Considering a Medicaid Asset Protection Trust?
Medicaid Asset Protection Trusts: The Basics
When you transfer part of your assets to a Medicaid Asset Protection Trust, you can qualify for Medicaid assistance without losing any of the property or income you’ve likely spent years acquiring. To keep your assets from being counted as a potential penalty against you when you apply for Medicaid, they must be placed into an irrevocable trust. You should note however that these assets will be outside your control during your lifetime. If you are still able to revoke the trust, or have access to the trust funds, then the state is going to consider those funds to be assets you could gain access to pay for your own medical care. Some folks decide to create an income-only irrevocable trust, which is one that would continue to pay income earned by the trust assets on to the trust’s creator (also known as a “grantor”). Please keep in mind that this kind of trust income does count as income for the purposes of Medicaid eligibility, so you should be careful to limit this income stream to ensure that you remain eligible for Medicaid.
One very important thing to keep in mind when considering making use of any Medicaid Trust is to consider that your assets will be largely out of your control after the irrevocable trust is created. While you can also create a trust that allows you to change the names of any successor beneficiaries, you will not personally have access to these assets.
Through careful Medicaid planning, you may be able to preserve some of your estate for your loved ones while still remaining below Medicaid’s low asset limit.
One issue with transferring assets is the simple fact that you’ve now given them away. You don’t control them anymore, and even a trusted family member may now be likely to lose them. A safer approach may be to put these assets into an irrevocable trust. A trust is a legal entity where one person — a “trustee” — holds a legal claim to property for the benefit of others – known as the “beneficiaries.” A trustee must then follow the rules provided in the trust instrument. Whether trust assets are counted against the Medicaid’s resource limit will always depend on the exact terms of the trust.
Paying for Long Term Care Expenses
Long-term care is becoming incredibly expensive these days. Even if you and your spouse have saved carefully for years, long-term care can rapidly spend right through your savings, leaving you with very little support in your vulnerable older years. A newly published study on the costs of nursing home care or a stay at an assisted living facility showed that the average annual cost to stay in a private room in a nursing home is now about $92,378. Washington residents requiring specialized nursing home care will pay $107,675 for a private room, and $96,725 for a semi-private room. These costs are simply unaffordable for most families and many don’t realize they will need this kind of money.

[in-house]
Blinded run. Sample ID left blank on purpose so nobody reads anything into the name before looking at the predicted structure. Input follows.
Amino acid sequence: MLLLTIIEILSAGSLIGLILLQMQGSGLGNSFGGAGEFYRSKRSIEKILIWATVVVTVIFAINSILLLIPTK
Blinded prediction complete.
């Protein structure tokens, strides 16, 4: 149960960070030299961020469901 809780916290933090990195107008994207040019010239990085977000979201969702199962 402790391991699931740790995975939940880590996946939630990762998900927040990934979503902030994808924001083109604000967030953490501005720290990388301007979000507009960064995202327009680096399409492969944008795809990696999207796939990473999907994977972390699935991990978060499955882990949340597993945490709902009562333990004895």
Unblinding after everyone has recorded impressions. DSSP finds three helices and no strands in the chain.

While it’s easy to assume that you do not meet the low income and asset threshold to qualify for Medicaid (Apple Health) and its long-term care coverage, there are some ways to allocate your property which can make this crucial public assistance available to your family. One method you can use to hold onto assets you’d like to pass on to your loved ones while still qualifying for Medicaid is a Medicaid Asset Protection Trust .
When Should I Create a Medicaid Asset Protection Trust?
In order to fully gain the full benefit of a Medicaid Asset Protection Trust, you should get started on creating one as early as you possibly can. Medicaid does impose a five-year “look back period” on gifts received as well as the creation of trusts, which could impact your eligibility to receive benefits for a certain period of time depending on your specific state’s laws. Speak with a Washington State Estate Planning Attorney as soon as you can to determine your individual options for paying for long-term care while continuing to retain your treasured personal assets.
If you need assistance with an estate planning matter in Washington State or Idaho, contact our knowledgeable estate planning attorneys for assistance with your estate planning needs, by calling 509-328-2150.
Browse the Washington State Health Care Authority Trusts Section. Or check out our other article on Medicaid Planning Tips.